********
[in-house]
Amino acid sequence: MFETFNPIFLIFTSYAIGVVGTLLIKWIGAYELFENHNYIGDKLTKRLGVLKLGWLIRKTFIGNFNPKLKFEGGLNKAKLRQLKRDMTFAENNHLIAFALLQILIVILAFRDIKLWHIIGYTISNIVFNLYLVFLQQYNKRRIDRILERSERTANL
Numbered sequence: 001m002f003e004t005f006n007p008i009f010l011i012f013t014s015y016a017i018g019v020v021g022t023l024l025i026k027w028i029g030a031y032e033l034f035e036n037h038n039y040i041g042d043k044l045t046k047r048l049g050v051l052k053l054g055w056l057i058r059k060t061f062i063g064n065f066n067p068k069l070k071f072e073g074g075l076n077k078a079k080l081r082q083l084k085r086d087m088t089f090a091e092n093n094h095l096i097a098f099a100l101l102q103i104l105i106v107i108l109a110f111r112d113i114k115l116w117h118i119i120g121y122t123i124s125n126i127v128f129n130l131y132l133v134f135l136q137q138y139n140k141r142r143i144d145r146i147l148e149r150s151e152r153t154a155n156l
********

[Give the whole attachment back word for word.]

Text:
[in-house]
Amino acid sequence: MFETFNPIFLIFTSYAIGVVGTLLIKWIGAYELFENHNYIGDKLTKRLGVLKLGWLIRKTFIGNFNPKLKFEGGLNKAKLRQLKRDMTFAENNHLIAFALLQILIVILAFRDIKLWHIIGYTISNIVFNLYLVFLQQYNKRRIDRILERSERTANL
Numbered sequence: 001m002f003e004t005f006n007p008i009f010l011i012f013t014s015y016a017i018g019v020v021g022t023l024l025i026k027w028i029g030a031y032e033l034f035e036n037h038n039y040i041g042d043k044l045t046k047r048l049g050v051l052k053l054g055w056l057i058r059k060t061f062i063g064n065f066n067p068k069l070k071f072e073g074g075l076n077k078a079k080l081r082q083l084k085r086d087m088t089f090a091e092n093n094h095l096i097a098f099a100l101l102q103i104l105i106v107i108l109a110f111r112d113i114k115l116w117h118i119i120g121y122t123i124s125n126i127v128f129n130l131y132l133v134f135l136q137q138y139n140k141r142r143i144d145r146i147l148e149r150s151e152r153t154a155n156l